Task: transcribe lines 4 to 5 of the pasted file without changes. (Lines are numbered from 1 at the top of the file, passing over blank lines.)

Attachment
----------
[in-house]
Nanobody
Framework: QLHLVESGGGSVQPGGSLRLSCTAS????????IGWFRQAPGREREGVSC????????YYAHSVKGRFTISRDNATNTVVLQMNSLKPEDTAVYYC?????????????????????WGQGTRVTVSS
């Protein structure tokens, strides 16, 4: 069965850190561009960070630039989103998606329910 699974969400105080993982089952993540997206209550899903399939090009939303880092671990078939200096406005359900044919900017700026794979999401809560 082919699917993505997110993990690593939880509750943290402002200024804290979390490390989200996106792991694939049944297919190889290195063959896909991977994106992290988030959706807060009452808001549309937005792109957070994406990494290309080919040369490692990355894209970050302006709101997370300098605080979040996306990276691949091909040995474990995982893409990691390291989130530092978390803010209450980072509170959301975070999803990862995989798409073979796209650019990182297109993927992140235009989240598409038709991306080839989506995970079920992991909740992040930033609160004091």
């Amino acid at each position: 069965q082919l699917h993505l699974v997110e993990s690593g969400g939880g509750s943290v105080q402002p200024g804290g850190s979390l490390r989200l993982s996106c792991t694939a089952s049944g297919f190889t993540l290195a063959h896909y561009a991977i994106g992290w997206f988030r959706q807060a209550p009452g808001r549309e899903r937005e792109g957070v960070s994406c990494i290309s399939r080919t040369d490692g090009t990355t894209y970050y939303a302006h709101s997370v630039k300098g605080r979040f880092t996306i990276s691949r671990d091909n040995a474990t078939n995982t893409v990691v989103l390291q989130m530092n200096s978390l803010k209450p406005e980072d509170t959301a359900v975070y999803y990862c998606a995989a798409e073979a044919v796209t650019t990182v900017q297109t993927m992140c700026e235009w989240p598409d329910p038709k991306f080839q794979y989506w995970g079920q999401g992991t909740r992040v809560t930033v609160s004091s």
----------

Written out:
């Protein structure tokens, strides 16, 4: 069965850190561009960070630039989103998606329910 699974969400105080993982089952993540997206209550899903399939090009939303880092671990078939200096406005359900044919900017700026794979999401809560 082919699917993505997110993990690593939880509750943290402002200024804290979390490390989200996106792991694939049944297919190889290195063959896909991977994106992290988030959706807060009452808001549309937005792109957070994406990494290309080919040369490692990355894209970050302006709101997370300098605080979040996306990276691949091909040995474990995982893409990691390291989130530092978390803010209450980072509170959301975070999803990862995989798409073979796209650019990182297109993927992140235009989240598409038709991306080839989506995970079920992991909740992040930033609160004091």
């Amino acid at each position: 069965q082919l699917h993505l699974v997110e993990s690593g969400g939880g509750s943290v105080q402002p200024g804290g850190s979390l490390r989200l993982s996106c792991t694939a089952s049944g297919f190889t993540l290195a063959h896909y561009a991977i994106g992290w997206f988030r959706q807060a209550p009452g808001r549309e899903r937005e792109g957070v960070s994406c990494i290309s399939r080919t040369d490692g090009t990355t894209y970050y939303a302006h709101s997370v630039k300098g605080r979040f880092t996306i990276s691949r671990d091909n040995a474990t078939n995982t893409v990691v989103l390291q989130m530092n200096s978390l803010k209450p406005e980072d509170t959301a359900v975070y999803y990862c998606a995989a798409e073979a044919v796209t650019t990182v900017q297109t993927m992140c700026e235009w989240p598409d329910p038709k991306f080839q794979y989506w995970g079920q999401g992991t909740r992040v809560t930033v609160s004091s």